Canopies and pillars reflected in an infinity pool at the Chedi Hotel, Muscat

Oman for Luxury and a Thousand Forts

Author: Sue
Date: 27th July 2009

The Muscat Chedi, Oman

Flying, with Alex, from Dubai to visit Oman. I could have come overland from the UAE instead, but it's a long expensive journey in a car. I have a few days luxuriating at the Chedi in Muscat. The hotel is ultimate chic, infinity pools and several glitzy restaurants, one with four kitchens offering different national foods.

Muscat, Capital of Oman

Muscat is the capital of Oman and its largest city. Historically, (since the first century AD) Muscat was the principal trading port of the Persian Gulf region and among the most important trading ports of the Indian Ocean.

Sultan Qaboos

A must-see in Muscat is the Al Alam Palace. It was one of six sultanic residences, used as a ceremonial palace by Sultan Qaboos bin Said. This is as close as a tourist is allowed to go.

Another must-see is the Sultan Qaboos Mosque. It was built after the then sultan (after whom it is named) launched a competition to design a Grand Mosque. Construction began in December 1994 and took took six years and seven months. to complete. The mosque is built from 300,000 tonnes of Indian sandstone. The main musalla (or prayer hall), women's area and outdoor courtyard areas can hold 20,000 worshippers in total. Like the palace it is elegant and not overly elaborate in design.

It is fascinating to see how Oman is being improved by its rulers, with Arab culture being renovated and enhanced and schools and other infrastructure developed

Oman - in a Nutshell

  • Oman is the oldest independent state in the Arab world.
  • It is located in a strategically important position, right at the mouth of the Persian Gulf. The Omanis used this as base from which to build a powerful empire. From the late seventeenth century, the Omani Sultanate vied with the Portuguese and the British for influence in the Persian Gulf and Indian Ocean.
  • At its peak in the nineteenth century, Omani control extended to modern-day Iran and Pakistan, and as far south as Zanzibar in Africa. The Empire's influence waned in the twentieth century, when the sultanate, instead, worked in partnership with the United Kingdom.
  • The country is an absolute hereditary monarchy, ruled until very recently by Sultan Qaboos bin Said. He never married and did not have any children and he named his cousin Haitham Bin Tariq, as his successor.
  • Oman has sizeable oil reserves, but a significant portion of its economy involves tourism and trading fish, dates and other agricultural produce.


The landscape is starkly brown, but awe inspiringly beautiful as it rises to the Western Al Hajar Mountains, forming the backdrop to the clear waters of the Gulf of Oman. Most of Muscat's urban landscape is a jigsaw of low-lying white washed buildings. The port-district of Muttrah, with its corniche and harbour, faces towards the strategically crucial Straits of Hormuz. A boat trip is almost obligatory.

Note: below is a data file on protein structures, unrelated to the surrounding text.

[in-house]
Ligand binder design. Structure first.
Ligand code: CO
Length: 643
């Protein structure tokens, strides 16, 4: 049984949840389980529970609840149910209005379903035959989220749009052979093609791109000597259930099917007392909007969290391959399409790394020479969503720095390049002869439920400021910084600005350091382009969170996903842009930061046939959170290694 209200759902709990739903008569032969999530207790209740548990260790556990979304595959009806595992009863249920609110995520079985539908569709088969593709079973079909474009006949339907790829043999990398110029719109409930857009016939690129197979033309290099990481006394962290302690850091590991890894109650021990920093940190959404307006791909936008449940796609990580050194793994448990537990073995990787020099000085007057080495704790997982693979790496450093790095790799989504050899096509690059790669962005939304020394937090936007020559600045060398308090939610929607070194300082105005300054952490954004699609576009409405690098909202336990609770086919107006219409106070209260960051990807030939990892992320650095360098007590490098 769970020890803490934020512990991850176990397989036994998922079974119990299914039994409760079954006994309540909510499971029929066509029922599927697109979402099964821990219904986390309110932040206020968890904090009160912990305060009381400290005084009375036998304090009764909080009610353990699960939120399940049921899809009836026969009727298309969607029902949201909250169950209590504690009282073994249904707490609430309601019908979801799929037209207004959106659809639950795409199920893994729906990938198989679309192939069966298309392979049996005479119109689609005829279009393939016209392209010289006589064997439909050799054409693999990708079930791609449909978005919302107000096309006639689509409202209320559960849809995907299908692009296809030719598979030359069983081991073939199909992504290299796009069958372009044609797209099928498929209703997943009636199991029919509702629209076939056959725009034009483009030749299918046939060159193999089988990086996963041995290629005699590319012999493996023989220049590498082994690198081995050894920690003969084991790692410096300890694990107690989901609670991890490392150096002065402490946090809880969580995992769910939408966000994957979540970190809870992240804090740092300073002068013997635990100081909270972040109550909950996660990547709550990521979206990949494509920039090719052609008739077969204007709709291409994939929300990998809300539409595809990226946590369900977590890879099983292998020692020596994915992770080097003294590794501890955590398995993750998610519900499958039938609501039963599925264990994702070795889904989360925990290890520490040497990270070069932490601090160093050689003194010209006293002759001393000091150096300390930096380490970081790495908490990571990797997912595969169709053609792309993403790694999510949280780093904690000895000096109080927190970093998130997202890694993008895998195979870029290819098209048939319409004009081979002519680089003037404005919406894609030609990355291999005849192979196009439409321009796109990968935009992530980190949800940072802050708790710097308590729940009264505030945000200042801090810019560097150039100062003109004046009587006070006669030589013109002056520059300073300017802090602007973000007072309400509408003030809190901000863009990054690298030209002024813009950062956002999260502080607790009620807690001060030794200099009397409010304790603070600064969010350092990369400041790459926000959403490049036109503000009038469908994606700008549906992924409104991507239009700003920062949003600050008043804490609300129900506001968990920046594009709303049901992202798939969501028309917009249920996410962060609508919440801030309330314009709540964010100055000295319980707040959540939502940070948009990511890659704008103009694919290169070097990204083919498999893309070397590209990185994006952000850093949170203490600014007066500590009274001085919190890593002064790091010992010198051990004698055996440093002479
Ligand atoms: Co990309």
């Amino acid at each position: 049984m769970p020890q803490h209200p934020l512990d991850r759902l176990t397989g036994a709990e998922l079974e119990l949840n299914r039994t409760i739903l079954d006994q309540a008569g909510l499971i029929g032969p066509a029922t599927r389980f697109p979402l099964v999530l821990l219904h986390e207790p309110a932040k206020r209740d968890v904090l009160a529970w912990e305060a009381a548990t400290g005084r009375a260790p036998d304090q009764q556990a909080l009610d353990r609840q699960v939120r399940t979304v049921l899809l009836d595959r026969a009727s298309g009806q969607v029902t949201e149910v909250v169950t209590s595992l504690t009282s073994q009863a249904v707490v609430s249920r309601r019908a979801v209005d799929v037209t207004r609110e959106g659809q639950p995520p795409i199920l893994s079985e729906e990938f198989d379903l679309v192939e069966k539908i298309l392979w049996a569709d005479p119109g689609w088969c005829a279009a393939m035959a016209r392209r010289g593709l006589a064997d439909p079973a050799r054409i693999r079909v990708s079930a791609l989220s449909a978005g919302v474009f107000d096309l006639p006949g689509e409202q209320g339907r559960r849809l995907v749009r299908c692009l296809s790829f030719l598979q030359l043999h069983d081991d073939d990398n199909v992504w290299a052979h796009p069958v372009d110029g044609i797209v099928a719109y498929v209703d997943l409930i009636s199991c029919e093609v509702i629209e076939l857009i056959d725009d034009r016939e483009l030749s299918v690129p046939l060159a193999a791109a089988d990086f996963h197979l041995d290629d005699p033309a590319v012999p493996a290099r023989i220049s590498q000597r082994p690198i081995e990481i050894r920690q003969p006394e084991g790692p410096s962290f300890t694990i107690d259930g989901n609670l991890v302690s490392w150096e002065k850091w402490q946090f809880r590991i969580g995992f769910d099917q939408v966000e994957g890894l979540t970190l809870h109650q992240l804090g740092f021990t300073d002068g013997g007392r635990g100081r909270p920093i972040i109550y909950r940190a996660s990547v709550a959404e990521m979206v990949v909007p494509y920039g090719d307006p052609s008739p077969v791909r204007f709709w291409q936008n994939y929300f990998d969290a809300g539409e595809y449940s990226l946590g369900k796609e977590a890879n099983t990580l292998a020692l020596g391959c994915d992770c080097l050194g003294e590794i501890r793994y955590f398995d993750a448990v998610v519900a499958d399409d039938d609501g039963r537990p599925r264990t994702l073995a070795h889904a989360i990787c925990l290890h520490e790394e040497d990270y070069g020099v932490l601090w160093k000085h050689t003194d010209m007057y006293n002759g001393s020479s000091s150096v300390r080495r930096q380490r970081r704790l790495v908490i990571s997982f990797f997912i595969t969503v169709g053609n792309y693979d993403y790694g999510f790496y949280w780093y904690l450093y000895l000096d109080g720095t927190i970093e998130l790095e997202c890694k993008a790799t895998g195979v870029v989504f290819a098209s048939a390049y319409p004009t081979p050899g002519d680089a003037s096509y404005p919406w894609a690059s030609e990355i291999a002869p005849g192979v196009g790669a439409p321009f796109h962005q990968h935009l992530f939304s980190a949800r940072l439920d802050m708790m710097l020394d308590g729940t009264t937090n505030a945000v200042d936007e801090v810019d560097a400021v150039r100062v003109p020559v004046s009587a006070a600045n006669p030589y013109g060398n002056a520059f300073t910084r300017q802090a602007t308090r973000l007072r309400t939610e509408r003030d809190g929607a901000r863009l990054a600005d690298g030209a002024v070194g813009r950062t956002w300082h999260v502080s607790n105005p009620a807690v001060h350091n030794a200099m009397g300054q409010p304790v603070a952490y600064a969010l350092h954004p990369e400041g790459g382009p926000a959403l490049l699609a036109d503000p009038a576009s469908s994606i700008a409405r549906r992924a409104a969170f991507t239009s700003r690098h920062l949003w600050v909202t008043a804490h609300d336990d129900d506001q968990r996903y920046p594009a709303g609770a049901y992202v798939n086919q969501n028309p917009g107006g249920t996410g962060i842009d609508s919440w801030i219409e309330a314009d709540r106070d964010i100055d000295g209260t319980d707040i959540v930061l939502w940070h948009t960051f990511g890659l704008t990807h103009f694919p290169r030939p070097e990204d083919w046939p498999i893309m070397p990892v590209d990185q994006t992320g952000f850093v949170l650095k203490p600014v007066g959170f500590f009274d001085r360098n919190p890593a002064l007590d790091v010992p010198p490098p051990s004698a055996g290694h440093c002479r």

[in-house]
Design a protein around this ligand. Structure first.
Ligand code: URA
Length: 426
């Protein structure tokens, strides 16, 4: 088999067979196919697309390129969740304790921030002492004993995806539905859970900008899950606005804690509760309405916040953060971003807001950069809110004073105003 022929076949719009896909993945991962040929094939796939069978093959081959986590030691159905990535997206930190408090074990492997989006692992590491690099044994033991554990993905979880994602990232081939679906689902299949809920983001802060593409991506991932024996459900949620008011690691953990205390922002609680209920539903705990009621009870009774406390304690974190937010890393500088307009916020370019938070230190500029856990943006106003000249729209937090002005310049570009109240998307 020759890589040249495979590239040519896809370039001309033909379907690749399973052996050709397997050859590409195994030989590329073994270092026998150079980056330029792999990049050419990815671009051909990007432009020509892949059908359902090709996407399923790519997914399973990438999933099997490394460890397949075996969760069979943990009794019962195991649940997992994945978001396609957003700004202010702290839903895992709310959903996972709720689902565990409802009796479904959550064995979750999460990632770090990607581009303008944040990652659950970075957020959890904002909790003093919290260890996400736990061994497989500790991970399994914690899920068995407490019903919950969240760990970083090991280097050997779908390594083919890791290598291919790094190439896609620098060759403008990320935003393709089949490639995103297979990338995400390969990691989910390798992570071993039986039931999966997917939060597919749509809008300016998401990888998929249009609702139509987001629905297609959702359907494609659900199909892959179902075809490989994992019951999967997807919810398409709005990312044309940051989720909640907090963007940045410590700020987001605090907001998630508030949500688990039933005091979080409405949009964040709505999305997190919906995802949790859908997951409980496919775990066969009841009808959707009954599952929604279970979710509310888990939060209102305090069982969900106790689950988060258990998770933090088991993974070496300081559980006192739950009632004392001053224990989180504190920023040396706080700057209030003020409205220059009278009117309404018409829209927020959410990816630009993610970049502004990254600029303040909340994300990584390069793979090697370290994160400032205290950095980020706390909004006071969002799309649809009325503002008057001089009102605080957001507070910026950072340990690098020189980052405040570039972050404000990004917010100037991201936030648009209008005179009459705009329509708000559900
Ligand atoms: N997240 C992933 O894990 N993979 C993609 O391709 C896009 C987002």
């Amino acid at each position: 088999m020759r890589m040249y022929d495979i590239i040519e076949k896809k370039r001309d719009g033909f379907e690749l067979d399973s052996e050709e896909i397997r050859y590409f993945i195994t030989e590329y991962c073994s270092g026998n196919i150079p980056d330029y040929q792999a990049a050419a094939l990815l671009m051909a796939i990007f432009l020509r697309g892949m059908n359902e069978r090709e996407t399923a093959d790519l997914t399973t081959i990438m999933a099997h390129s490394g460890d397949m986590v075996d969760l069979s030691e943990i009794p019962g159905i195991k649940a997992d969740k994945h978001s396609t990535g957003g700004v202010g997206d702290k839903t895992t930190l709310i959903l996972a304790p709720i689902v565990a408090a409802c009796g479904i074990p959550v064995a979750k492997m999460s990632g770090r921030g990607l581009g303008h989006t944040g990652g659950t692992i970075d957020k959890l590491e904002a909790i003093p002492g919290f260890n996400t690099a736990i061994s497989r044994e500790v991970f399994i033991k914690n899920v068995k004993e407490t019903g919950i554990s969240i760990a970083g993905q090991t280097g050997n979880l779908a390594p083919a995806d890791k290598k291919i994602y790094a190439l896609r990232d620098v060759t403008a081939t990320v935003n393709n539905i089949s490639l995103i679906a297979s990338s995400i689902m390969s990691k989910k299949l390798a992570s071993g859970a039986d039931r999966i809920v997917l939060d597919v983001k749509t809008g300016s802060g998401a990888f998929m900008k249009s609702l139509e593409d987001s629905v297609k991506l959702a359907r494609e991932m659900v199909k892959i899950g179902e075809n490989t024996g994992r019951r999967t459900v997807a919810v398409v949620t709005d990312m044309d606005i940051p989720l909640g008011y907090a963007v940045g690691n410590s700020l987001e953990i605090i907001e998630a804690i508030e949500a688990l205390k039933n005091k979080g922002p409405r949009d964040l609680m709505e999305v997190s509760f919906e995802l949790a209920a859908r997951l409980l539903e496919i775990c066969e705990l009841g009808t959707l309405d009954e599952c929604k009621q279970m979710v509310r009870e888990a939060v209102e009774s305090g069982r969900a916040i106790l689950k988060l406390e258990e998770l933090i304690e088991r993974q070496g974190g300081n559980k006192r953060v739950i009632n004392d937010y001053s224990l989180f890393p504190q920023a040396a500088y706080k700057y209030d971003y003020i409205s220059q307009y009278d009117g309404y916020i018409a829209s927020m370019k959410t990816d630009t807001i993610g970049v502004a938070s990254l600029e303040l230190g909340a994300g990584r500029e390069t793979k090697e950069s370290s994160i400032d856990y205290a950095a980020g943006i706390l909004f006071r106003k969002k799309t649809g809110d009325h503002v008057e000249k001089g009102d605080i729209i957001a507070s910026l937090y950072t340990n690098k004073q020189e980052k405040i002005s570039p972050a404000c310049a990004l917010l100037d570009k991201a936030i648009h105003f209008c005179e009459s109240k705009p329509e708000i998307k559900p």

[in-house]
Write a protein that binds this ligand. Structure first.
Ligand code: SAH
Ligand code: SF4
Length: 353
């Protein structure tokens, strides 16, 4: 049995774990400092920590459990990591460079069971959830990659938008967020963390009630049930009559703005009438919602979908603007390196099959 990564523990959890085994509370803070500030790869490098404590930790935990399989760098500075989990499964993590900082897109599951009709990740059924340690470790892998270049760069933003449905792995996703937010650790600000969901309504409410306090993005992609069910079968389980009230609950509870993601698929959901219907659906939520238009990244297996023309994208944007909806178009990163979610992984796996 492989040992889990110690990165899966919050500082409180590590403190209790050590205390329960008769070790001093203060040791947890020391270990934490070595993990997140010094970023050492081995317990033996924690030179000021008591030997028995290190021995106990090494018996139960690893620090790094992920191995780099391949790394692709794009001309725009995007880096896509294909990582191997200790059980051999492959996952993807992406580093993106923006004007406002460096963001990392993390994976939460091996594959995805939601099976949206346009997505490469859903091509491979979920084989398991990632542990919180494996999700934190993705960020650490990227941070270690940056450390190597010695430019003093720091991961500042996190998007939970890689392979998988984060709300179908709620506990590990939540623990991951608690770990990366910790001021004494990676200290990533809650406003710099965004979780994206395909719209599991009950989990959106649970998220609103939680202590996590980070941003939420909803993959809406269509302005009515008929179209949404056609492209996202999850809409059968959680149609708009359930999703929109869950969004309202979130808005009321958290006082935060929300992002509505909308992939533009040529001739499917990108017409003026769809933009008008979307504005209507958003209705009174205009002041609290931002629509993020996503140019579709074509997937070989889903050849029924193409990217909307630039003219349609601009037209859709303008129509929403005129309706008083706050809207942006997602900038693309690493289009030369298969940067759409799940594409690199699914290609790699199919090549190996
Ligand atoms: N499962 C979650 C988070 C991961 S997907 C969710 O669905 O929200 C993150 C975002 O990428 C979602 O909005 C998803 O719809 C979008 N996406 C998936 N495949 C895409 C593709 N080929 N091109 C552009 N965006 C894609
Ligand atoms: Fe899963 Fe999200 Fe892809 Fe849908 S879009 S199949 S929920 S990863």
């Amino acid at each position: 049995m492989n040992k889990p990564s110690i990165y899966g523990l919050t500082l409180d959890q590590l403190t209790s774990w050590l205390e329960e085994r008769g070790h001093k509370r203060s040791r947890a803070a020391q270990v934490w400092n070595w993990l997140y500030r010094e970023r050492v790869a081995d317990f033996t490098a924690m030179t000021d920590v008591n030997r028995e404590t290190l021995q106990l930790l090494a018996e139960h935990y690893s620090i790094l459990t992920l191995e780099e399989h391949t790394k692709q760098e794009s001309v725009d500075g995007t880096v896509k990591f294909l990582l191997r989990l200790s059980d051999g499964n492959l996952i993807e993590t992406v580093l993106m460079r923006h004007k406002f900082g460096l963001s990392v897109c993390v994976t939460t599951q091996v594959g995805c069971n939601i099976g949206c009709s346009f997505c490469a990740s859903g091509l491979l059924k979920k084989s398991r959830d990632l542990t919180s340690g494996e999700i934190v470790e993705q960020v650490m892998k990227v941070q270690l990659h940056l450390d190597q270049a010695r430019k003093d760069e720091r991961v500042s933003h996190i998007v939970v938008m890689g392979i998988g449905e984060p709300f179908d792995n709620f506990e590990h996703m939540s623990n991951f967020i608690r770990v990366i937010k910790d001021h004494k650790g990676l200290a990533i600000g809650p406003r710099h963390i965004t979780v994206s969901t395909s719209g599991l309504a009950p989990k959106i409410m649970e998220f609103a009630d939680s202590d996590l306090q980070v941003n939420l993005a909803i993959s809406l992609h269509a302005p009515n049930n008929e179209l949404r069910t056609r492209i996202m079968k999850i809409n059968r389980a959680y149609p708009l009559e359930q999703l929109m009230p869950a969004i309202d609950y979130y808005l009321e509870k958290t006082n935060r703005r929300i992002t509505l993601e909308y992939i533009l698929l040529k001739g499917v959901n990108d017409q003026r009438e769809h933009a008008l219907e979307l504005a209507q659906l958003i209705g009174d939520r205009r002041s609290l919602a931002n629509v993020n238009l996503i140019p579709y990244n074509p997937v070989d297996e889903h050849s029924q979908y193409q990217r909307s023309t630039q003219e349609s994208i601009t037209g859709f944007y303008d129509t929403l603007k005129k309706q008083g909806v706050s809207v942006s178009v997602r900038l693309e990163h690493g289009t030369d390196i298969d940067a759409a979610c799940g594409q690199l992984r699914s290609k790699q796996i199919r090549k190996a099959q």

The Muscat souk, just off the corniche, is small, but authentic. It's traditionally Arabic and chaotic, under a modern roof.

Nizwa Fort

Oman has over 1.000 forts, but the most visited national monument here is the fort at Nizwa, inland from Muscat. It was built in the 1650s, although its underlying structure is said to go back to the twelfth century. It has cannons (of course) and really sturdy battlements. There's an old Islamic library, tranquil with carpets and cushions. There's also a great view of the oasis town (old and new) from the top.

Bahla Fort

Bahla Fort, situated at the foot of the Jebel Akhdar highlands is the country's only UNESCO-listed fort. It's older than Nizwa, believed to have been built between the twelfth and fifteenth century by the Banu Nebhan tribe who inhabited the area at the time and were known for controlling the trade of frankincense. It's built from bricks made of mud and straw, so there's been considerable erosion damaged the structure until rehabilitation efforts were launched. There are a lot of legends surrounding the castle.

There's a citadel oasis adjacent to the fort and an ancient wall which originally spanned 13 kilometres. Part of this is still standing, but the majority of the oasis is in ruins. Bahla is famous for is water channels. One article I read online says there are 103 different types here. They irrigate the crop and run through the citadel and are utilised as swimming pools by the local boys.

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2 comments on “Oman for Luxury and a Thousand Forts”

  1. You visited before the building of the Grand Mosque which was completed a year or so before we went which was 2015. The "Sultan's gift to his people." We thought it was one of the most exquisite and moving buildings we've ever experienced. It's worth going again just to spend time with this. There's a lot more to see in Oman aside from this. Need to go again... .

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